And remember, the average dashcam doesn't just show one driver. It puts a pretty good window on everyone on that road. I've watched enough of 'em to see definite regional trends. Frex, drivers in Germany and Japan aren't so oblivious as the Russians, but they make up for it by being more aggressive. Chinese drivers seem to be lemmings; if one goes over a cliff, all the rest will follow. But what's definitely different from American drivers across the board, is that everywhere else seems to have a "me first, screw you" attitude about traffic controls and lane use (common to see someone drive in any damn lane that's vacant, including the oncoming lane). Conversely, traffic in America tends to be relatively anal about respecting the rules of the road. Here, four-way stops work; they evidently don't for the rest of the driving world.

Comment Re: Glad to have it (Score 1) 451

Generally the thought is if a driver lacks moving violations, retesting them is a waste of resources as they've demonstrated their everyday competence by not screwing up. If you've driven tens or hundreds of thousands of miles (as has the average American) with no accidents and no serious violations, why should there be an assumption that you're suddenly incompetent just because you haven't been retested lately??

Some states do mandatory road testing of people over a certain age. Some require a driver training course, either through high school or independent. Basically, they test outliers (novices and those with potential for impaired reflexes).

But all this aside, our relative lack of carnage on the road indicates that we're doing all right, despite some people's perceptions... truth is, per capita risk of fatality per mile falls under "uncommon risks" and is therefore perceived as worse than it really is.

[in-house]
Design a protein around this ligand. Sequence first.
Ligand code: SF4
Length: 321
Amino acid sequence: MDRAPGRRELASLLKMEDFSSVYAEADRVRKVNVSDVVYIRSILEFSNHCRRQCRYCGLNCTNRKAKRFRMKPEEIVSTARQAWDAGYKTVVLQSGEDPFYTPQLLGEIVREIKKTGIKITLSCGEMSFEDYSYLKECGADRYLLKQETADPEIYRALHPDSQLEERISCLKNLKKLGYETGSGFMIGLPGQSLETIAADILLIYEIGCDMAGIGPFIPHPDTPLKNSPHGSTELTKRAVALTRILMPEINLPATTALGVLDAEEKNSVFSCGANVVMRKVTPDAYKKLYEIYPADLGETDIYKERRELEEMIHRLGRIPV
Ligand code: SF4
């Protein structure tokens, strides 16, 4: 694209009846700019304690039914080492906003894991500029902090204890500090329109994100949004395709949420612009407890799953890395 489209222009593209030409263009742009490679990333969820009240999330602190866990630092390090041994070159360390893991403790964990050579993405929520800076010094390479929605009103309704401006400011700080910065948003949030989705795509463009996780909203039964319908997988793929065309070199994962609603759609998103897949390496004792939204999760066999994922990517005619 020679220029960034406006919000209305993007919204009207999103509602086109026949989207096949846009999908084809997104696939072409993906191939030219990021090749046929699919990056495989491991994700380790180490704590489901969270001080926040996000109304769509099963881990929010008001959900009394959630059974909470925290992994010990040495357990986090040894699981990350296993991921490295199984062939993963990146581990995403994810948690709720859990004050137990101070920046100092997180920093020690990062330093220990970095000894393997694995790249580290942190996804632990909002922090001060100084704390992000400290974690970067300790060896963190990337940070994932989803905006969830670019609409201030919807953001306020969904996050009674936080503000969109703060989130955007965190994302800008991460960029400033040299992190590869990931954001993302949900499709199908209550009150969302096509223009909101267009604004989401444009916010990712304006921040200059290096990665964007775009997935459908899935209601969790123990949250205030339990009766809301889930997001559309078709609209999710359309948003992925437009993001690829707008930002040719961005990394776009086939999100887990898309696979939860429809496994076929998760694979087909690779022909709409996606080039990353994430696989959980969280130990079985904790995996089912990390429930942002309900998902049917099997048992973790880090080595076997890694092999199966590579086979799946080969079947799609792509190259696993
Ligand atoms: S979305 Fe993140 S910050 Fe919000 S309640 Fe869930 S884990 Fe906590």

Comment Re: Glad to have it (Score 1) 451

I watch a lot of these vids, and being bored with Russian dashcams I've looked for others. There are a few from anywhere but damn few from the U.S. And of course I drive in the U.S. -- and I've never seen that level of idiocy, not even with 28 years driving in Los Angeles.

One thing I particularly note, here in the U.S. we're overwhelmingly respectful of signs and lanes and traffic signals, whereas in much of the world they're roundly ignored.

I've noted a close correlation between ignoring such traffic controls as well as stuff like not bothering to signal, and an "entitlement mentality".

Comment Re:Here's an Idea... (Score 1) 451

Proof that you trust your fellow man -- with your very life:

You drive on two-lane roads, don't you??

Someone linked the Wiki fatality stats page, and ... looks to me like for most of the first world, fatalities amount to statistical noise. Factor in miles driven per death and suddenly the hazard level amounts to... well, nothing. Especially in America, where we drive a whole long longer distances than does most of the world.

Driving is basically the same skill, albeit extended, as running through the woods withing banging into either trees or your fellow hunters or the occasional bear, or running across the prairie without breaking a leg in a gopher hole or stepping on a cactus or rattlesnake. If there is one trait that sets humans above other animals, it's the ability to extend a skill to a new activity. So... I'm really not very surprised that as a species, we're pretty durn good at this driving thing (even allowing for the entertainment provided by Russian dashcams).

Comment Re: Glad to have it (Score 1) 451

One might consider that a signficant percentage of rear-end crashes are a byproduct of redlight-enforcement cameras, which cause people to slam on the brakes (unexpectedly to the person behind them) for fear of getting a ticket, rather than exercising judgment. This problem goes away when yellow light times are lengthened -- even one second is enough to almost entirely eliminate rear-end crashes at controlled intersections -- but that makes redlight cameras unprofitable, since they rely on not giving drivers enough time to exercise good judgment, typically by shortening yellow light times to the legal minimum (and occasionally even shorter).

Assloads of studies can be found here:

Be careful when a loop exits to the same place from side and bottom.